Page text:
Friday, December 03, 2010

The next Republican president

About fifteen years ago, as I've recounted perhaps one time too many, I read a biography of Eisenhower and it dawned on me that a) for Democrats to win every election was not only impossible but undesirable, and that b) my political perspective had hitherto been rather limited, since I not only had never voted for a Republican for president but could not imagine doing so. I began mentally testing myself: could I vote for a Republican? Under what circumstances? (Asking myself the same question now, looking back on my life as a voter, I could make a strong case for George H.W. Bush -- who expertly helped feather down the Soviet Union, rolled back Saddam's Kuwait grab, and took a major step toward the balanced budget achieved in the Clinton years.)

My timing was spectacularly bad.  I don't recall if this little epiphany occurred before or after the 1994 election and the full Gingrichization of the GOP.  But in the intervening years, the GOP has hardened into the party of unlimited tax cuts and unlimited deficits, reckless unilateral warmongering, relentless immigrant-bashing and destruction of core civil liberties.

In recent weeks, as I've watched Obama go into post-election remission while the Republicans seize the whip hand on the Bush tax cuts and shamelessly hold New Start hostage, a kind of mirror-mantra has taken shape: the country can't afford another Republican president.  That is, not until the GOP has been chastened by further electoral setbacks and forced to acknowledge a few elemental truths: you can't fix the structural deficit without increasing tax revenue, democracy can't survive nonstop further concentration of wealth, the U.S. can't remain the world's sole wealthy country that fails to offer universal healthcare or afford to leave medical inflation untamed, our response to every threat abroad can't be a unilateral preemptive strike, and our civil liberties can't survive long-term when the government sanctions torture and shreds the fourth amendment (Obama has helped sustained the latter outrage, but as long as Republicans bay relentlessly for terrorist blood, Democrats will never roll back  the all of Bush's infringements).

Such a movement to restore Republican sanity is not going to happen any time soon.  Candidates now at the front of the Republican pack would all make George W. Bush look like  moderate -- if not by personal proclivity then by the imperatives of appealing to their base (cf. Romney: double Guantanamo! Trash New Start! Repeal  Romneycare the PPACA!).  The United States can't afford another George W. Bush -- the first one left the country reeling economically, discredited internationally, and terrorized by terrorists into abandoning core civil liberties. Yet the odds are good that soon we'll get someone worse. If Obama holds on in 2012, will the madness be cooled by 2016? 2020? How?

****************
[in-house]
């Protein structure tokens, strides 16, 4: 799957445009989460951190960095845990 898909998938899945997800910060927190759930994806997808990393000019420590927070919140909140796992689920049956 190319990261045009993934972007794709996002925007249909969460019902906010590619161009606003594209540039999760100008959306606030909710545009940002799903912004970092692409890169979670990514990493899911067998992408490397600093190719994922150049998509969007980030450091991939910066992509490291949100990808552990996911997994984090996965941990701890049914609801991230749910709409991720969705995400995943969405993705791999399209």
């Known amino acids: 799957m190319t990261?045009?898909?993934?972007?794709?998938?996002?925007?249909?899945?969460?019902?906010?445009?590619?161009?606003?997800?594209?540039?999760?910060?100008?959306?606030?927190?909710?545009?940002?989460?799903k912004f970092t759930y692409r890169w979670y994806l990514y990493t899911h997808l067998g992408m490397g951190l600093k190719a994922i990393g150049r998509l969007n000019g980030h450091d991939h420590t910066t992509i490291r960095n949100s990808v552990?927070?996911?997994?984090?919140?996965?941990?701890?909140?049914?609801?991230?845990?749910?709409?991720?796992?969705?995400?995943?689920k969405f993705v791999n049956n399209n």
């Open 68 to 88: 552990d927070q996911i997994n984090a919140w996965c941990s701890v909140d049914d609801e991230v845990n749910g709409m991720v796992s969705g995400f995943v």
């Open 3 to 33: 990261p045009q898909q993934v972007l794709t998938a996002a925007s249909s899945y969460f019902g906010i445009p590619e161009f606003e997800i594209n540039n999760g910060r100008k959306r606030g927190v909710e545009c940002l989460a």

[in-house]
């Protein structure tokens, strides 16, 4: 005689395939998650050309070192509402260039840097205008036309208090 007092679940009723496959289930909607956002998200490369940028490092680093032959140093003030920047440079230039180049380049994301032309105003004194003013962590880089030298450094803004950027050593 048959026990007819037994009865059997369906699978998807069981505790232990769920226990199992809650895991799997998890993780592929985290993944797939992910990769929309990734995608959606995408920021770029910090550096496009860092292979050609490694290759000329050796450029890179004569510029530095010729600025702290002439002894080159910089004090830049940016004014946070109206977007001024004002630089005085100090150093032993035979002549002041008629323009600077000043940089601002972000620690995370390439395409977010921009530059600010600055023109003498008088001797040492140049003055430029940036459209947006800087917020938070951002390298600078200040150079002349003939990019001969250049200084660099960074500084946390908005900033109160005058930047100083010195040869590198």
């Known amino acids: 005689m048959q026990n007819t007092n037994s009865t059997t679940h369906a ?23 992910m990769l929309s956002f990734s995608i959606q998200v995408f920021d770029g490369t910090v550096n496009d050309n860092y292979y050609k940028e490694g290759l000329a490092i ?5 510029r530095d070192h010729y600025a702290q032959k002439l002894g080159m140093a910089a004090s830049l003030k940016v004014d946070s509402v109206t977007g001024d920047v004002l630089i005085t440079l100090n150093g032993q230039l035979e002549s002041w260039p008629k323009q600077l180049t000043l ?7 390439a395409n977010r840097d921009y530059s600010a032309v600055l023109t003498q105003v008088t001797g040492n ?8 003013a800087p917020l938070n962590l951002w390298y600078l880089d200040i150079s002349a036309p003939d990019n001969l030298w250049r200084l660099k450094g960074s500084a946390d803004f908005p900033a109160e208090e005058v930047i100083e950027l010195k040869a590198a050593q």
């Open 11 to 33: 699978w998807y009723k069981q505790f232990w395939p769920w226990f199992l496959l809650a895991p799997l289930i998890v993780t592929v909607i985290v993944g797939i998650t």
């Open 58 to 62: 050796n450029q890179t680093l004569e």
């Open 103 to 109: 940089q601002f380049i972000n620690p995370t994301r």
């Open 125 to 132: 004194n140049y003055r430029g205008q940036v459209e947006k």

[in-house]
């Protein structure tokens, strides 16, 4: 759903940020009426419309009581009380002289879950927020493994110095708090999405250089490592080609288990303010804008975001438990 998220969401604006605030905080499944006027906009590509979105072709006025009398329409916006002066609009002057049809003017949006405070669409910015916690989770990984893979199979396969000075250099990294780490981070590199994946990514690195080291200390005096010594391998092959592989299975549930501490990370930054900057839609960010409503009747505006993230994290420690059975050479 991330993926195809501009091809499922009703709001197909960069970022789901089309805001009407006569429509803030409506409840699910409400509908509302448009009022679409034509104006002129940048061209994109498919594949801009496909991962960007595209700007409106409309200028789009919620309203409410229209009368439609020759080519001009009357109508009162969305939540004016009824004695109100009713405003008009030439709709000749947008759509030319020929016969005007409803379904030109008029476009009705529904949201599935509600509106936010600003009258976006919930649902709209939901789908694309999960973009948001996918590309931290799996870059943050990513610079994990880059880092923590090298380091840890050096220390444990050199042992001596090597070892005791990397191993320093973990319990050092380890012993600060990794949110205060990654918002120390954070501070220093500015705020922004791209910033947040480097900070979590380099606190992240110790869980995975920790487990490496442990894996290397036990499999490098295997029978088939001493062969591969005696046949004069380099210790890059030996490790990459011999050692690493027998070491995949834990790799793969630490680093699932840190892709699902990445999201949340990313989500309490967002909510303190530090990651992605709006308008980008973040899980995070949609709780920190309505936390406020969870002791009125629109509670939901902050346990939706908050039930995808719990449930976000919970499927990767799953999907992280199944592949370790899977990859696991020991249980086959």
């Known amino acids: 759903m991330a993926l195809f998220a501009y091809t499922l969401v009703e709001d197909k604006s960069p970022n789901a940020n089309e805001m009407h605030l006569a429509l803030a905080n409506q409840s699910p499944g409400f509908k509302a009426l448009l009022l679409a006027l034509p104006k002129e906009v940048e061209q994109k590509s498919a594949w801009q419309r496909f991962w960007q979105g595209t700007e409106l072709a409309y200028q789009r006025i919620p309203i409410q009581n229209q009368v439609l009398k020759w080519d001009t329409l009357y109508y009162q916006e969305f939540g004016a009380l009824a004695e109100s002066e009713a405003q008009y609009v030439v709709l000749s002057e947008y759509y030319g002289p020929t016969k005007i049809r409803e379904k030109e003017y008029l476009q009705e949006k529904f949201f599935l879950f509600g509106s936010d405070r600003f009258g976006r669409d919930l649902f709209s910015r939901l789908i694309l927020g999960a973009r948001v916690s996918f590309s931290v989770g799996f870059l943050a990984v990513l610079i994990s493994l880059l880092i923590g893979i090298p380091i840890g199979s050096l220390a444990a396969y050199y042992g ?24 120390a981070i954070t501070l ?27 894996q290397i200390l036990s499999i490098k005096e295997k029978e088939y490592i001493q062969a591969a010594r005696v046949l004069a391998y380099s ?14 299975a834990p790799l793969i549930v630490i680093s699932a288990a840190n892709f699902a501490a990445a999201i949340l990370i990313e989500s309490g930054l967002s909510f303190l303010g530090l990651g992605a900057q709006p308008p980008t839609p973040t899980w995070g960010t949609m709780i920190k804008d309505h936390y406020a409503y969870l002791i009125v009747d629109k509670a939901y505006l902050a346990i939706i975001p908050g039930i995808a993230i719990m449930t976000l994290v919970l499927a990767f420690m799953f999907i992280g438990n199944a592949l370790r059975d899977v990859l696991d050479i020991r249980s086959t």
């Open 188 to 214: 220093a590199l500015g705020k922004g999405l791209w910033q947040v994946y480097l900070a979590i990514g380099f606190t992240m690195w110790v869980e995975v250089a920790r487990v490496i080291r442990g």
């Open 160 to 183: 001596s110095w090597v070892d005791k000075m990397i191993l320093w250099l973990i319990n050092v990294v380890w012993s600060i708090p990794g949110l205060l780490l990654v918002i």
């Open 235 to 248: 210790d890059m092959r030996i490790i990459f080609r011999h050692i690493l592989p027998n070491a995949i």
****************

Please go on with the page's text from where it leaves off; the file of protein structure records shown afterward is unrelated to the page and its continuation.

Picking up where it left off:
Ergo...I take the possibility that 9/11 precipitated a permanent U.S. decline more seriously than I did a few months ago, before the Republican electoral tsunami took full shape. I would be less worried if President Obama showed any awareness that he is up against a completely irrational and implacable, malign opposition and showed any indication that he would block their insane initiatives as relentlessly as they have blocked his modest and moderate ones. But as of now, it looks like mendocracy is in process of enabling a new wave of fiscal recklessness, militarism and authoritarianism. Electorally, it's the fire next time.

1 comment:

  1. As a former Republican (Bush, Clinton, Bush, Kerry, Obama was my voting path from 1992-2008), think you are right on, Andrew. I am regularly surprised that my Republican friends have little apparent sense of the degree to which their GOP is radicalizing. I think your list of necessary "wake-ups" is terrific: tax increases will be needed; income inequality is life-threatening to democracy; controlling healthcare costs is essential and cannot be done fairly until we all have coverage; patient, persistent diplomacy pursuing identified mutual interests is almost always more effective than war, or threats of war; civil liberties can, in fact must be maintained and doing so will actually enhance our power; and we must finally notice that how we characterize our terrorist enemies (Evil or Al Qaeda) makes a huge difference in whether we end up terrified or thoughtful and confident in choosing our counterterrorism strategies. And I know...I am not holding my breath. I suspect a real thrashing in 2012, which could happen, will cause a serious slice of the GOP to rethink.

    A question: Do you really think Obama is unaware that he faces an implacable and irrational opposition? The assumption seems to be that were he aware, he would draw up the battle lines, declare his opponents the Enemy, and begin an identifiable war. Isn't that what the Right wants, a clear, self-evident war, where Good fights and conquers Evil? And their deepest dream is that Obama, when finally pushed beyond his limit, will become the Angry Black Man of Reverend Wright caricature and fame.

    I believe Obama is fully aware and he continually refuses to cede his power to the Right by accepting their narrative frame. Remember Ali vs Foreman in Africa. Ali looked befuddled and helpless through most of the fight, and then he clocked the exhausted Foreman and won the fight.

    Jesus said in Matthew: "Be gentle as a dove and shrewd as a serpent," which is precisely what I believe Obama is doing. Stay awake. Recognize the Enemy. Smile. Take the punches. Stick to your core values. Pick your opening. Then move.